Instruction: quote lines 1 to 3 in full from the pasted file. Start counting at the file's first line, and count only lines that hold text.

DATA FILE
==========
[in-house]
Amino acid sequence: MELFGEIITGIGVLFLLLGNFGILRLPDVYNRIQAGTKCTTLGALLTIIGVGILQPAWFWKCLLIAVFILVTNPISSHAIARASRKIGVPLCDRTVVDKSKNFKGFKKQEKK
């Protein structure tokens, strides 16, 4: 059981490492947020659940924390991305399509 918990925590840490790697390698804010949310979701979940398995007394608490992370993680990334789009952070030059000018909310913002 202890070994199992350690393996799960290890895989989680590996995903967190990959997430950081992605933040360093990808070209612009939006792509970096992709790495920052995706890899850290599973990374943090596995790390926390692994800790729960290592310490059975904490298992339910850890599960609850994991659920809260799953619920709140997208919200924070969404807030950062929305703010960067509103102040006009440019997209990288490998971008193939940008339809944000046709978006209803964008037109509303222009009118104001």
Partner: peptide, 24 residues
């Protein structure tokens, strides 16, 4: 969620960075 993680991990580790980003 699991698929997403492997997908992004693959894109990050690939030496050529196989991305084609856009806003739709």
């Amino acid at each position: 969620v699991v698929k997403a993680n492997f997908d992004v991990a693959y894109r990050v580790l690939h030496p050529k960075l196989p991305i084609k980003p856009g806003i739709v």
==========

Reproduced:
[in-house]
Amino acid sequence: MELFGEIITGIGVLFLLLGNFGILRLPDVYNRIQAGTKCTTLGALLTIIGVGILQPAWFWKCLLIAVFILVTNPISSHAIARASRKIGVPLCDRTVVDKSKNFKGFKKQEKK
């Protein structure tokens, strides 16, 4: 059981490492947020659940924390991305399509 918990925590840490790697390698804010949310979701979940398995007394608490992370993680990334789009952070030059000018909310913002 202890070994199992350690393996799960290890895989989680590996995903967190990959997430950081992605933040360093990808070209612009939006792509970096992709790495920052995706890899850290599973990374943090596995790390926390692994800790729960290592310490059975904490298992339910850890599960609850994991659920809260799953619920709140997208919200924070969404807030950062929305703010960067509103102040006009440019997209990288490998971008193939940008339809944000046709978006209803964008037109509303222009009118104001």